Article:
How can Australian SMEs improve gender equality in the workplace?

As 96% of the Australian economy, small business has a key role to play in reducing gender inequality in the workplace. With the economic fallout from the pandemic affecting women disproportionately, we look at steps Australian SMEs can take to address inequality — and why from a business law firm’s perspective we believe it makes good business sense to do so. 

What is gender equality in the workplace?

According to the Australian Government’s Workplace Gender Equality Agency (WGEA), workplace gender equality means people can access and benefit from the same rewards and opportunities, regardless of gender. 

In terms of rewards, most of us are aware of the persistent gender pay gap in the Australian workforce. The effect of that inequality is that women retire with less superannuation than men.

In terms of opportunities, men have less access to parental leave or flexible work arrangements than women. That inequality affects a family’s ability to freely make choices that reflect their priorities, values and financial needs. 

What gender equality in the workplace ultimately aims to achieve is broadly equal opportunities and outcomes for all, rather than the same outcomes for everyone.

Small business concerns

Council of Small Businesses of Australia (COSBOA) chief executive Peter Strong has publicly stated SMEs have an important role to play in shifting workplace gender equality, but is worried that reporting requirements would incur additional red tape.

Under the Workplace Gender Equality Act, only businesses employing more than 100 people have to report annually on gender pay gaps. Technically speaking, Australian SMEs currently have no reporting obligation on the gender gaps in their workplaces.

But with Australian SMEs accounting for approximately 40% of Australia’s workforce, substantial data is missing to construct a true picture of equality in the Australian workplace.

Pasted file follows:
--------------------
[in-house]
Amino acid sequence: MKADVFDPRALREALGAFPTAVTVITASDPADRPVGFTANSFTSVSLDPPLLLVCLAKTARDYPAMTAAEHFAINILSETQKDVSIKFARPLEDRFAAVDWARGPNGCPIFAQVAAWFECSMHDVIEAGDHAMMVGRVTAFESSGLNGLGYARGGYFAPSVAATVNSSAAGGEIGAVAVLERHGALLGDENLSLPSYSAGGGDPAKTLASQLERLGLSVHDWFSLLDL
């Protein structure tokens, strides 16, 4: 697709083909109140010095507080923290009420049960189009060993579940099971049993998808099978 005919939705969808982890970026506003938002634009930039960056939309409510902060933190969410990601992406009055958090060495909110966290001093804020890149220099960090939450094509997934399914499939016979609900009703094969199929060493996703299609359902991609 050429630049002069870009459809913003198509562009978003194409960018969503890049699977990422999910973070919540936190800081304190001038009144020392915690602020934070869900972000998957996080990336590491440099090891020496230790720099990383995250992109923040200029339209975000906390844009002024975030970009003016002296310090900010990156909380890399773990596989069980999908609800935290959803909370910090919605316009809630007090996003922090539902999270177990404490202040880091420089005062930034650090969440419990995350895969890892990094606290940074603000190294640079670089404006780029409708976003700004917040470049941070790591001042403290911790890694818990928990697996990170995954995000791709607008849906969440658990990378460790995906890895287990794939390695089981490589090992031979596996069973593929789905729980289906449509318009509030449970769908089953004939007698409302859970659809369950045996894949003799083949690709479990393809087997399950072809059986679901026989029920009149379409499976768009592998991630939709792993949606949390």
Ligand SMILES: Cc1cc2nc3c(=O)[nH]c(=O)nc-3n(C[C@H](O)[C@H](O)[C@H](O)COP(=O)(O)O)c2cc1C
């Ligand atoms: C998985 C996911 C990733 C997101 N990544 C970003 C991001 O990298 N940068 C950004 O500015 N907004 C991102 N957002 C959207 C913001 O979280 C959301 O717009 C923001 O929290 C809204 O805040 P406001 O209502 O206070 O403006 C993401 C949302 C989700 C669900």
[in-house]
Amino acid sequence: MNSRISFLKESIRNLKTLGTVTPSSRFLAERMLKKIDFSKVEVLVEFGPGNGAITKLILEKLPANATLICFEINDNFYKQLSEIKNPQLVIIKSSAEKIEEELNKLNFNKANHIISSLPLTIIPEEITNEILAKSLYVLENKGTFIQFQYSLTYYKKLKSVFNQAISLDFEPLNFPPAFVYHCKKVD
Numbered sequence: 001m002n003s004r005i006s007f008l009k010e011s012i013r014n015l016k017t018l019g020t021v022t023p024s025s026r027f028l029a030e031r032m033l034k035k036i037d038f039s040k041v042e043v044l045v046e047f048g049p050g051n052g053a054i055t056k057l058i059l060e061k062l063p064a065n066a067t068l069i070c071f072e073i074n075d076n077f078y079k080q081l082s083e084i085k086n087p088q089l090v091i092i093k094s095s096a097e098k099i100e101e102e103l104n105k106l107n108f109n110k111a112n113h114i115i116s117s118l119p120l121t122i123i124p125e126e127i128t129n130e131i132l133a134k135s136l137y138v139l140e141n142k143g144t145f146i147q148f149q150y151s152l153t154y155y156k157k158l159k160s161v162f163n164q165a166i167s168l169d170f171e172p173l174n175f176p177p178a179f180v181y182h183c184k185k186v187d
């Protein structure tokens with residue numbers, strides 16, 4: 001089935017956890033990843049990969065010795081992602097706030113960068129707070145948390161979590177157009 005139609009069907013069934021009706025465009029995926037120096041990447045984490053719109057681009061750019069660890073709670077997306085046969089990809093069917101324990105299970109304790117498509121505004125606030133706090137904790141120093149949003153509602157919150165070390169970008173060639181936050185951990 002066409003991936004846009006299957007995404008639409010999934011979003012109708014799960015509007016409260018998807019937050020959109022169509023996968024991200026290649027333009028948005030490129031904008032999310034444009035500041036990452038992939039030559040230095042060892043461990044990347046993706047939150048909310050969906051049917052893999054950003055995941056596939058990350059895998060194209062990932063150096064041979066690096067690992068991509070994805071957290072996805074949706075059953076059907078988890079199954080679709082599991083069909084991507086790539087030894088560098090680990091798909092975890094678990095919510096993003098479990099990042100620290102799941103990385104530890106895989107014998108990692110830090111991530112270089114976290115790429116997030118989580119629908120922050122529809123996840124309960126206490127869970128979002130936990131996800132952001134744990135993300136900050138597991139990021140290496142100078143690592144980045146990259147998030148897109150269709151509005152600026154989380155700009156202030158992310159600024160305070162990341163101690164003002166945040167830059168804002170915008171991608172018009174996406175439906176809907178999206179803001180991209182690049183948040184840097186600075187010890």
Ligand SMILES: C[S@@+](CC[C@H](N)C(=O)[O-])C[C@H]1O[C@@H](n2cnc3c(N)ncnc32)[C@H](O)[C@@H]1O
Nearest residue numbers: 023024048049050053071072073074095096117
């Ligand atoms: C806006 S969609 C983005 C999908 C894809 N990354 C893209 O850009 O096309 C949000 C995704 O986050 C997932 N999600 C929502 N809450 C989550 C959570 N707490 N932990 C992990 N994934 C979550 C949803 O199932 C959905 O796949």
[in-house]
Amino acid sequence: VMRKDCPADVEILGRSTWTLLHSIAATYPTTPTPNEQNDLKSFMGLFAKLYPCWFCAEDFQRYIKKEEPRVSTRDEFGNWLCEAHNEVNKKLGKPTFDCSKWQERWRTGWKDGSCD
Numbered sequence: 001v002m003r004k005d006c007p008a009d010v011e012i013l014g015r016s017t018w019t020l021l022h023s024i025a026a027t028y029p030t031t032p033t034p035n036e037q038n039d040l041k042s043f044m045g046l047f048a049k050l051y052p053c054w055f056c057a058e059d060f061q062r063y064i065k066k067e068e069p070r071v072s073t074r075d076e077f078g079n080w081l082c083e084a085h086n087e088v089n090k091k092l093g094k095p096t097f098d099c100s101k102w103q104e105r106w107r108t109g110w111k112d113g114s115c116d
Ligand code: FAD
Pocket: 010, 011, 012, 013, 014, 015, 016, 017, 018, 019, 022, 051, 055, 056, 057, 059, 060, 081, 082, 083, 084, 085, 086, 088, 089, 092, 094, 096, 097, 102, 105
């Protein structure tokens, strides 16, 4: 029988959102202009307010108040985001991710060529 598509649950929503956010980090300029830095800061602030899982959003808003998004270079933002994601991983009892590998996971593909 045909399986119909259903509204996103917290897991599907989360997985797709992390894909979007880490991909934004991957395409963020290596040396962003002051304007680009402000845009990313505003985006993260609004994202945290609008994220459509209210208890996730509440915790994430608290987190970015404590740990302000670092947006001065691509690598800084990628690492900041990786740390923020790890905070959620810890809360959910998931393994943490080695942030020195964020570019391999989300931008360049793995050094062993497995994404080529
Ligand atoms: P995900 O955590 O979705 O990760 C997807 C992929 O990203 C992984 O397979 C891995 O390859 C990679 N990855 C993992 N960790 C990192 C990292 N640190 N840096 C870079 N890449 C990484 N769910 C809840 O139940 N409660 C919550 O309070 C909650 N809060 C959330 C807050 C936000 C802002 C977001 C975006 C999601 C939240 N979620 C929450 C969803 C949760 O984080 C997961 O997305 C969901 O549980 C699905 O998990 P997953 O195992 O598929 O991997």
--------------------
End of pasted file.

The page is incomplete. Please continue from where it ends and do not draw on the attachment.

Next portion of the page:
Gender equality in the workplace is good for business

Achieving gender equality in the workplace is a key element of future-proofing the Australian economy. According to the WGEA’s business case for workplace gender equality, eradicating the gender gap would lead to a range of commercial benefits including:

  • improved national productivity and economic growth
  • future-proofing the Australian economy against demographic changes by increasing women’s workforce participation rate
  • stronger organisational performance
  • a competitive advantage in attracting and retaining employees
  • enhanced company reputation

The first step Australian SMEs can take towards gender equality

The Fair Work Ombudsman has this excellent guide to best practice in addressing the gender pay gap.

While acknowledging that achieving best practice will vary among employers because of the industry and number of employees, there is nevertheless a significant first step that any employer should take to address gender pay inequality.

That first step is to identify and recognise gender pay gaps, whether they are:

  1. Like for like (between people doing work of comparable value)
  2. By-level (by people doing comparable work with similar responsibilities)
  3. Organisation-wide (comparing the average remuneration of men to women across the company)

Engaging men a key to achieving workplace gender equality

The way men think, act, and relate to women and other men in the workplace are important factors in sustaining gender inequality at work — and at chipping away at it, according to the Diversity Council of Australia (DCA). 

The top three ways to engage men on gender equality at work

Together with two of Australia’s foremost researchers on workplace diversity and inclusion, Dr Graeme Russell and Dr Michael Flood, the DCA has provided this ten-step framework for Australian SMEs to engage men in effecting lasting change in the workplace. 

Their top three suggestions:

1. Get the foundation right

Involve women and men as active and equal partners in gender equality initiatives.

2. Get the framing right

Address gender equality as a business issue, not a women’s issue.

3. Go wide

Highlight all the areas of workplace gender inequality rather than focusing on one. For example, address personal safety as much as financial security. 


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